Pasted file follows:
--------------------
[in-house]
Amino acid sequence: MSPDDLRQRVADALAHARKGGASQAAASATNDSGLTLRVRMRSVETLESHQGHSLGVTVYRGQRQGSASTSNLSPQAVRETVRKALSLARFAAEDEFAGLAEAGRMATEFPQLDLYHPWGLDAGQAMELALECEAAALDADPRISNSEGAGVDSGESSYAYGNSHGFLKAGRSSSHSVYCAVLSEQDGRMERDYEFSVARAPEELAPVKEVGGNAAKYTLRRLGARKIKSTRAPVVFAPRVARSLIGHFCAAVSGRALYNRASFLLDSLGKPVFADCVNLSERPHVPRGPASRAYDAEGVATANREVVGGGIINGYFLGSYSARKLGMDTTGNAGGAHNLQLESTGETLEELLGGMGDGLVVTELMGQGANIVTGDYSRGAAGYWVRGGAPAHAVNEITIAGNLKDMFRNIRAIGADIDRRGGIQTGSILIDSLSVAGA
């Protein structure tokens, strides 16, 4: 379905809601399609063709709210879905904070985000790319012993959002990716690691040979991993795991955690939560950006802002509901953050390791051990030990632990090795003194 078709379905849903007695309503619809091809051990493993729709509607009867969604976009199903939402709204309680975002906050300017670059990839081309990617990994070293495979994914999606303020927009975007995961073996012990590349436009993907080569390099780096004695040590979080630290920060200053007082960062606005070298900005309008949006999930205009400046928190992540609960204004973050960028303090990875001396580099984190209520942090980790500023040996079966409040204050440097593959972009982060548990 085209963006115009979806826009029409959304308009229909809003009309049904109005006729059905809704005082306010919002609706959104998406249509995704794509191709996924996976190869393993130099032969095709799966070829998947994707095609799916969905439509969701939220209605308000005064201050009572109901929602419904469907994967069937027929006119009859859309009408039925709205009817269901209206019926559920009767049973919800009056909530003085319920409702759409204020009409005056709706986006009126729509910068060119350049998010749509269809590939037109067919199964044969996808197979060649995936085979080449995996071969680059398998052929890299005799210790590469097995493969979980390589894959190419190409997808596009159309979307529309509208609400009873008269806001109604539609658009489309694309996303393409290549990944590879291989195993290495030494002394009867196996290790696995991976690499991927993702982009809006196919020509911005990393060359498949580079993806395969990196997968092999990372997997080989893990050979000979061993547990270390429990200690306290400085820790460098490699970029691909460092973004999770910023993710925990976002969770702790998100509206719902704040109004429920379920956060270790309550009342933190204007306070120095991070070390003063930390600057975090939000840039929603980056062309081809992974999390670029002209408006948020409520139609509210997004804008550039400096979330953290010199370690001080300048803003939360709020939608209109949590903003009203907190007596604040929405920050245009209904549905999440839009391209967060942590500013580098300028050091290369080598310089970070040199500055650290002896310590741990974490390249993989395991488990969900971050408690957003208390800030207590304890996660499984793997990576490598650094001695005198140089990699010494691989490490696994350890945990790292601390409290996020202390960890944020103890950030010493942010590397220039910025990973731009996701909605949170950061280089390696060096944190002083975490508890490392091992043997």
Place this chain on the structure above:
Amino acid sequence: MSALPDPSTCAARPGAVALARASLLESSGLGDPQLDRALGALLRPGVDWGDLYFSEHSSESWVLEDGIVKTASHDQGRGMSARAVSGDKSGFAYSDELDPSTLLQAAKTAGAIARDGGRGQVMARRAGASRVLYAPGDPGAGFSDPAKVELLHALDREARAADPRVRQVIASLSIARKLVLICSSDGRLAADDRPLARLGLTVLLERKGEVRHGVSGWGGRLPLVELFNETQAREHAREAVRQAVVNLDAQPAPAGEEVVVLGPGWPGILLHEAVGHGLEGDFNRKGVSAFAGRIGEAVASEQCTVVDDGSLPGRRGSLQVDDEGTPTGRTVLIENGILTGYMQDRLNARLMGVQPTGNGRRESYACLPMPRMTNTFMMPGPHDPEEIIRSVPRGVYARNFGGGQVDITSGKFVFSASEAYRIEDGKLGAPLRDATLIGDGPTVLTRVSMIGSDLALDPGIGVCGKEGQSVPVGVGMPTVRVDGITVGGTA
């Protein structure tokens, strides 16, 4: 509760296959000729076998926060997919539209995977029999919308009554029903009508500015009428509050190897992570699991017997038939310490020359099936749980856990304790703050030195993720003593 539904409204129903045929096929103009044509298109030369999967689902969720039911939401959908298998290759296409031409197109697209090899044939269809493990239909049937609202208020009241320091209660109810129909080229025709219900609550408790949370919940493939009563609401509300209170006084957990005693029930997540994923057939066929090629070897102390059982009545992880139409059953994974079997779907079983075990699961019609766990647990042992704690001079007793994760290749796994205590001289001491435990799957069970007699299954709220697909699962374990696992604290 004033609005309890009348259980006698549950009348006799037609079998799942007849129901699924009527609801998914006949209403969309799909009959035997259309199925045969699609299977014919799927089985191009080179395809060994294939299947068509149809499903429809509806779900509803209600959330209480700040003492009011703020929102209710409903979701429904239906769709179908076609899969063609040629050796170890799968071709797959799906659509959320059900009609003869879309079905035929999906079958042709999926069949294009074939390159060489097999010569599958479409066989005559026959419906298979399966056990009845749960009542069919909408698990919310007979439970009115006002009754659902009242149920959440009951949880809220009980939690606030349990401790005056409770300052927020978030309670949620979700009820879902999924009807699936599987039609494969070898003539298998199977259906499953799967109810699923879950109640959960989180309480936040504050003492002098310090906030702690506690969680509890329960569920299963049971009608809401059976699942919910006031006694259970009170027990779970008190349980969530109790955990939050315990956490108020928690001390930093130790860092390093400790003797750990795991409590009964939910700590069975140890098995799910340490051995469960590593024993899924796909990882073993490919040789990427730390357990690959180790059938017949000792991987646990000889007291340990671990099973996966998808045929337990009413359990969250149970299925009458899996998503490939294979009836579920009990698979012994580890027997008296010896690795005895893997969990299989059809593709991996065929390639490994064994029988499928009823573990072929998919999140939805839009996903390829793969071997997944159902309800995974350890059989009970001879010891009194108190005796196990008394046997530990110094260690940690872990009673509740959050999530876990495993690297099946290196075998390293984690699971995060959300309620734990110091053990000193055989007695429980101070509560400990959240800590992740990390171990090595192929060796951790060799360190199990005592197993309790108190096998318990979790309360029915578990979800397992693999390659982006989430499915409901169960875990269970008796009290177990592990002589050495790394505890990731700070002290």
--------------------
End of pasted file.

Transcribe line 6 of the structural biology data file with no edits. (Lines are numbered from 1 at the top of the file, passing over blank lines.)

């Protein structure tokens, strides 16, 4: 509760296959000729076998926060997919539209995977029999919308009554029903009508500015009428509050190897992570699991017997038939310490020359099936749980856990304790703050030195993720003593 539904409204129903045929096929103009044509298109030369999967689902969720039911939401959908298998290759296409031409197109697209090899044939269809493990239909049937609202208020009241320091209660109810129909080229025709219900609550408790949370919940493939009563609401509300209170006084957990005693029930997540994923057939066929090629070897102390059982009545992880139409059953994974079997779907079983075990699961019609766990647990042992704690001079007793994760290749796994205590001289001491435990799957069970007699299954709220697909699962374990696992604290 004033609005309890009348259980006698549950009348006799037609079998799942007849129901699924009527609801998914006949209403969309799909009959035997259309199925045969699609299977014919799927089985191009080179395809060994294939299947068509149809499903429809509806779900509803209600959330209480700040003492009011703020929102209710409903979701429904239906769709179908076609899969063609040629050796170890799968071709797959799906659509959320059900009609003869879309079905035929999906079958042709999926069949294009074939390159060489097999010569599958479409066989005559026959419906298979399966056990009845749960009542069919909408698990919310007979439970009115006002009754659902009242149920959440009951949880809220009980939690606030349990401790005056409770300052927020978030309670949620979700009820879902999924009807699936599987039609494969070898003539298998199977259906499953799967109810699923879950109640959960989180309480936040504050003492002098310090906030702690506690969680509890329960569920299963049971009608809401059976699942919910006031006694259970009170027990779970008190349980969530109790955990939050315990956490108020928690001390930093130790860092390093400790003797750990795991409590009964939910700590069975140890098995799910340490051995469960590593024993899924796909990882073993490919040789990427730390357990690959180790059938017949000792991987646990000889007291340990671990099973996966998808045929337990009413359990969250149970299925009458899996998503490939294979009836579920009990698979012994580890027997008296010896690795005895893997969990299989059809593709991996065929390639490994064994029988499928009823573990072929998919999140939805839009996903390829793969071997997944159902309800995974350890059989009970001879010891009194108190005796196990008394046997530990110094260690940690872990009673509740959050999530876990495993690297099946290196075998390293984690699971995060959300309620734990110091053990000193055989007695429980101070509560400990959240800590992740990390171990090595192929060796951790060799360190199990005592197993309790108190096998318990979790309360029915578990979800397992693999390659982006989430499915409901169960875990269970008796009290177990592990002589050495790394505890990731700070002290």